ASA shareholders seek justice amid low value takeover offer

Yat Hoi Ning, former CEO of ASA Resources

SHAREHOLDERS and management of Zimbabwean company, ASA Resources, formerly Mwana Africa, are battling a proposed takeover of the company which was put under the care of joint administrators in 2017.

The firm’s legal advisor, Ian Dearing, said in an interview with Miningmx on December 21, that shareholders wanted “… to see justice and fair value” following an offer from a privately-held company called RichPro Investments Ltd (RPI) of some 2.1 pence per share seriously undervalued the assets of ASA Resources.

A principle objection to the offer is “strong evidence” suggesting that RPI is linked to Yat Hoi Ning, the former chairman and CEO of ASA Resources. Ning was dismissed from the company on April 18 following allegations of fraud related to Freda-Rebecca, a gold mine in the ASA stable. A warrant for Ning’s arrest was subsequently issued as well as Ning’s colleagues Yim Kwan, chairman of Bindura Nickel company, another of ASA Resources’ investments, and Roy Shum who was financial controller of Freda Rebecca.

Dearing also said the company’s board was aware of a rival offer for the company by an, as yet, unnamed company. This company is listed, has mining experience, and would be “… completely accepted in Zimbabwe and the Democratic Republic of Congo (DRC)” where ASA also has a presence. “Why RPI persists when it won’t accept the reality of the better offer is a complete mystery,” said Dearing.

Crucially, RPI intends to fire the current board should its takeover offer pass muster. Whether that will happen, however, is uncertain. Although 52.94% of ASA’s shareholders have accepted the RPI offer, Dearing believes this was fraudulently achieved. According to a document compiled from a report by ASA’s joint administrators, some of the shares that RPI seeks to have registered in its application may not have been validly issued.

The document states the shares “… were purchased with the company’s money or [because] they were not validly issued under a prior rights issue. The joint administrators and directors of the company feel that it would be wrong to register those shares”.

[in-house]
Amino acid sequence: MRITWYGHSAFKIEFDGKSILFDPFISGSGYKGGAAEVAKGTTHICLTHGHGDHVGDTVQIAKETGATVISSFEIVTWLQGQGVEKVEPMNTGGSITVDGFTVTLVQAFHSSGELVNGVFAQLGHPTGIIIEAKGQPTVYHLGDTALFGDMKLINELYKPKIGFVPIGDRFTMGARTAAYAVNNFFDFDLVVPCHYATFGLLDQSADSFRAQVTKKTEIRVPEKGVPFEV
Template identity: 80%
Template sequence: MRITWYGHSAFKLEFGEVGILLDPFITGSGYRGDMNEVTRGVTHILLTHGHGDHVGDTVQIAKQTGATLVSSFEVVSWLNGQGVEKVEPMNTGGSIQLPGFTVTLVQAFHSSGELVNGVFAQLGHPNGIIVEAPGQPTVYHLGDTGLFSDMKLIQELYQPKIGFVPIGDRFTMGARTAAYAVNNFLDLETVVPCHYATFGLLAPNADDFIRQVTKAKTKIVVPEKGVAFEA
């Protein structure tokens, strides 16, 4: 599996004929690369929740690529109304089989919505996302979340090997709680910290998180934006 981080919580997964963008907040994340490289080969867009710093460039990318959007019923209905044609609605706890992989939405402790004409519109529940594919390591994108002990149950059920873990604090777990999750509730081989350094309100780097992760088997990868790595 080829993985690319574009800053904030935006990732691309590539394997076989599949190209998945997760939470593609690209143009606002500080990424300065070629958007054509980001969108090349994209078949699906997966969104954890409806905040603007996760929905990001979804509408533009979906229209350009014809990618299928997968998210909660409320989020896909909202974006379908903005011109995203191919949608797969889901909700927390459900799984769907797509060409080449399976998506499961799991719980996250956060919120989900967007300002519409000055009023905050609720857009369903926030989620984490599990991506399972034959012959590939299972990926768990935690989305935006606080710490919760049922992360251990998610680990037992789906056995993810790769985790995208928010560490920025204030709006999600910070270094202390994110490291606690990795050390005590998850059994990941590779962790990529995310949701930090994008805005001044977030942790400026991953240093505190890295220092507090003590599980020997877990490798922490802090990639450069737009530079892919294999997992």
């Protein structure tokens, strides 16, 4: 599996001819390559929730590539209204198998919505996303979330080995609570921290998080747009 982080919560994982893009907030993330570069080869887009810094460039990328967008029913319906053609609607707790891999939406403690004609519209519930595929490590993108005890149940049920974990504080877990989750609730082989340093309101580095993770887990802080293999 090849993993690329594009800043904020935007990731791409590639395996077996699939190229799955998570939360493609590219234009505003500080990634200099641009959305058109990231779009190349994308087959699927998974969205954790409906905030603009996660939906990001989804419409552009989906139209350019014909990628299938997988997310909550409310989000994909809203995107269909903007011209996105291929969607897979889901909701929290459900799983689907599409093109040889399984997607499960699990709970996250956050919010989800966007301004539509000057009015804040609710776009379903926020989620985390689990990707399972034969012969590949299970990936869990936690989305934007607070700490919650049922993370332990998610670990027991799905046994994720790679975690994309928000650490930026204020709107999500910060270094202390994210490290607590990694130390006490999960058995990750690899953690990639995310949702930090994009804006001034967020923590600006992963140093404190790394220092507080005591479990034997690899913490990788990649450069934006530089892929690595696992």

In the meantime, ASA is struggling to stay afloat. The company is unable to pay creditors when debts fall due, although Dearing argues the company’s assets exceed its liabilities. “It is not balance sheet insolvent,” he said. “What we want to do is get someone in control of the assets that will do the right thing for them for the benefit of creditors, employees and shareholders,” said Dearing. “We also want to see those who damaged our assets so badly brought before the courts,” he added.

Ning was appointed executive chairman of ASA Resources in June 2015 following the acrimonious ouster of Kalaa Mpinga, then CEO of Mwana Africa. Three months later the company raised $3m in cash through a share issue, a transaction where the funds were not used for their original purpose: the development of the Klipspringer mine in South Africa.

From this point, according to the joint administrators, there were a number of other investments either not explained to shareholders or which have questionable provenance. It was during this time that some $4.3m was reported missing from Freda-Rebecca.


The alleged fraudulent issuance of new shares in ASA Resources in 2015 is the subject of three High Court cases in the UK, but the legal process is unlikely to provide the near-term relief that the company’s assets require. For instance, an 11-day hearing into one batch of suspicious share issues has been set down by the High Court for February 2019.

The stock was last traded at 1.92p/share prior to its July suspension. Theoretically, this would value the firm at some £32m, almost par with RPI’s $35.5m offer.

It is believed that the Zimbabwean government is particularly interested in which entity might be the new beneficial owner of ASA Resources and is not keen on RPI because of its links to Ning. However, entreaties to RPI to withdraw its offer has fallen on deaf ears.

Said Dearing: “What we know is that RPI is highly, highly litigious”. Asked if he knew of the whereabouts of Ning, he responded: “I have absolutely no idea where he is; probably in a place that doesn’t have an extradition treaty with Zimbabwe”.